But where was I?


I feel it must be said before I say anything further, I have little to no musicality. I have trouble keeping with the beat in songs, I look a little nutty when I dance (not like Elaine from Seinfield or anything), I think I'm slightly tone deaf. And my posture is not so good. About five years ago I started doing Pilates and in the last two years I've done Yoga off and on, and I think that has improved my posture somewhat. But it isn't stellar. And I wouldn't call any movement that I make graceful. I'm a little clumsy and heavy-footed.

In high school I joined the volleyball team. It was my first attempt at organized sports, and I did it because playing volleyball was popular. The first year I made the Junior Varsity team, which I felt was a major blow to my confidence. I was an athletic person, though I'll grant I was not very talented or coordinated. And the other girls on the JV team were just not...very...athletic. The Varsity girls were good. Everyone knew it.
JV was an afterthought.
I'll probably tell a story or two about high school volleyball some day, but my point in bringing it up today is this: I learned to sweat. Have you ever participated in a Summer Volleyball camp? I have still never been that sore in my life. We started early in the morning every day and sweated our way through four hours of intense training. And if you were late you ran laps...and some times the coach forgot about you and you spent two hours running laps. I don't want to talk about it.

So now, with my love of ballet and desire for graceful movement and good posture, along with my willingness to allow sweat to escape my epidermis, I am prepared to do something quite drastic.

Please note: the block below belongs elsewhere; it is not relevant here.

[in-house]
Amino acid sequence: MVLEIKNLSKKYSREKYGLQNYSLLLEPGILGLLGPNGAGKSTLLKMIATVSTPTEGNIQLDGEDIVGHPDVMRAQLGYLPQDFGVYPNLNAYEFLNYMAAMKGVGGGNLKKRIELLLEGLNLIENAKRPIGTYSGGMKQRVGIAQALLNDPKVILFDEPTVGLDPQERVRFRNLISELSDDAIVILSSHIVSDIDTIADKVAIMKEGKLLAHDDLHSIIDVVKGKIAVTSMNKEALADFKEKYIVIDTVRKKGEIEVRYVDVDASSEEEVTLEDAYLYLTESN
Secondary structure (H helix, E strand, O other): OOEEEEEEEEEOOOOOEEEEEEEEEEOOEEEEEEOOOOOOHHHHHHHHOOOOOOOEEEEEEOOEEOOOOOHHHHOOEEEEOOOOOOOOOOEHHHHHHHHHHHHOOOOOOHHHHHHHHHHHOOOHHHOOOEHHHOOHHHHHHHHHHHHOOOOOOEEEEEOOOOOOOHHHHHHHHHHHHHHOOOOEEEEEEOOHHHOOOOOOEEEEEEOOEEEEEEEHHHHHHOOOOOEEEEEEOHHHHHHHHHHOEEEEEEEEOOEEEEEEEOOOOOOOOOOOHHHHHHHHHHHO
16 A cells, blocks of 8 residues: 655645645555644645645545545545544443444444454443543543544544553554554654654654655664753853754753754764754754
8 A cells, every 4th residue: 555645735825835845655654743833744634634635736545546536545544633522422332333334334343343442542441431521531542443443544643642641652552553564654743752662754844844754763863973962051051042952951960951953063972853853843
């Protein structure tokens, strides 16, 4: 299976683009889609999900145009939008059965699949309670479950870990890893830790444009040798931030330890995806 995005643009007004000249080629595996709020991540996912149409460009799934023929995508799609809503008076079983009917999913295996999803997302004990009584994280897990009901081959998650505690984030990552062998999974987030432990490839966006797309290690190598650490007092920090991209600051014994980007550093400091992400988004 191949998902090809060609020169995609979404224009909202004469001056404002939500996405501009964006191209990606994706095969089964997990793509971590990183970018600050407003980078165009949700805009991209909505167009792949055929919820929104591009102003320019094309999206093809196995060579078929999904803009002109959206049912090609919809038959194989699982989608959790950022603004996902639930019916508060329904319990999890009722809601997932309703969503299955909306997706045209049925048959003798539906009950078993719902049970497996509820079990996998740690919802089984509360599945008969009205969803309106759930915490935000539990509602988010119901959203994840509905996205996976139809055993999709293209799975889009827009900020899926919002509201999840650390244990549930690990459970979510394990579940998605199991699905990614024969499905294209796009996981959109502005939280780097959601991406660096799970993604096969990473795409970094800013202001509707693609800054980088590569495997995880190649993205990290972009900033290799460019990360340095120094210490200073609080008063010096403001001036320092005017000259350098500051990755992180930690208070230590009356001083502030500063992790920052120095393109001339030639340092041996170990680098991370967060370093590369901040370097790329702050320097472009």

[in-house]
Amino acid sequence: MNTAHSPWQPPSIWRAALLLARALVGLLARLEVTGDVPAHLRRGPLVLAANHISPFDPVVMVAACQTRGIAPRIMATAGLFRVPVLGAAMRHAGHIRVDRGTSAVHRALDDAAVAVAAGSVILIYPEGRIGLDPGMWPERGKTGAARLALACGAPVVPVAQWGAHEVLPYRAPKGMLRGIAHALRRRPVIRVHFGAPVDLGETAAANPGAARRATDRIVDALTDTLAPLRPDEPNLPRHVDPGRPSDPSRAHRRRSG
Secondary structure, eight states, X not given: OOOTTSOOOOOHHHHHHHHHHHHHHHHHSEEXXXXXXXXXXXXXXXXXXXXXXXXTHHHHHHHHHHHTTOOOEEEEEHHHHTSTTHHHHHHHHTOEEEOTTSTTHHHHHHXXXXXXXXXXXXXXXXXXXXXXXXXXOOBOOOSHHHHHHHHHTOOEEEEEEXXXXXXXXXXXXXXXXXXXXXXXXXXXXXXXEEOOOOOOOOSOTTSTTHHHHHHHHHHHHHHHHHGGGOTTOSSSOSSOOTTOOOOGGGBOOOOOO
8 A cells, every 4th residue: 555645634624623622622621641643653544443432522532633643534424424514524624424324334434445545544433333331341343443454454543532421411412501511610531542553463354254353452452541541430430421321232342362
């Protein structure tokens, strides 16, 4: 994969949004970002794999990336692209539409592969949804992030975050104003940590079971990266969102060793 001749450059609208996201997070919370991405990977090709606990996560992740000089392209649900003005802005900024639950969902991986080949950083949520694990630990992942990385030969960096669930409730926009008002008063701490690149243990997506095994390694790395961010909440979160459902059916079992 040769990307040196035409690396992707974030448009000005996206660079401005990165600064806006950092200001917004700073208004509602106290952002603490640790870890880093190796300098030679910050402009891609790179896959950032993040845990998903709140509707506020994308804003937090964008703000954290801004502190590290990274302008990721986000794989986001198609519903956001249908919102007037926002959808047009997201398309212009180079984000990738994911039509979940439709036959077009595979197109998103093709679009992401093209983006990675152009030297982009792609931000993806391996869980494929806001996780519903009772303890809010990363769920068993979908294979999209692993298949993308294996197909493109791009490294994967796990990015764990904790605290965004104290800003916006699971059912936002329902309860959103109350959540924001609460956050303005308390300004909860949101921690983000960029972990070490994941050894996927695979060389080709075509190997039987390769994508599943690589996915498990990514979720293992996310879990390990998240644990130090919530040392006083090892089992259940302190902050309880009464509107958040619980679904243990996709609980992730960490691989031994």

I'm going to dance.

Well, perhaps that's a stretch.

I'm going to take a ballet class.
Normally I say I'm going to do these things and then put it off until finally I forget about it (I'm not the only one--once I got a "birthday present" from Daniel that was a promise to take dance lessons with me. It's been four years and I'm not holding my breath). But this time, I emailed Vicki at Ballet Austin and said: Teach me to dance like a Sugar Plum Fairy!
She said: sign up for a class and give us some money, you weirdo.

It was very inspiring.

But I haven't quite gotten to that step yet.
I was happy to learn from Vicki that they offer a "New Beginner" ballet class for adults. Part of me wants to go just to see the kind of people that are grasping hold of their dreams a little late in life like me. Part of me is completely intimidated by the idea of doing something I've never done before. Part of me is totally excited and can't wait to start. I've always wanted to say, "Sorry, I've got ballet class tonight. Rain check?" I've also always wanted to take part in a dramatic dance-off (Me and my posse can pirhouette you under the table, homey!).
That probably won't happen in beginner ballet (or..anywhere but Step It Up?). But I can dream.
I'm a big dreamer, guys.

I don't have any illusions of grandeur (it is illusions or delusions? Either way, I don't have them. Of grandeur.). I don't think I'll ever really be the Sugar Plum Fairy. Or even a mouse (a little ballet humor). I just want to dance. Is that so wrong?

The cheesecake didn't taste like a disaster. It just looked like one.

Daniel: Uh, Honey? I think the cheesecake exploded?

I guess I'm no Pioneer Woman.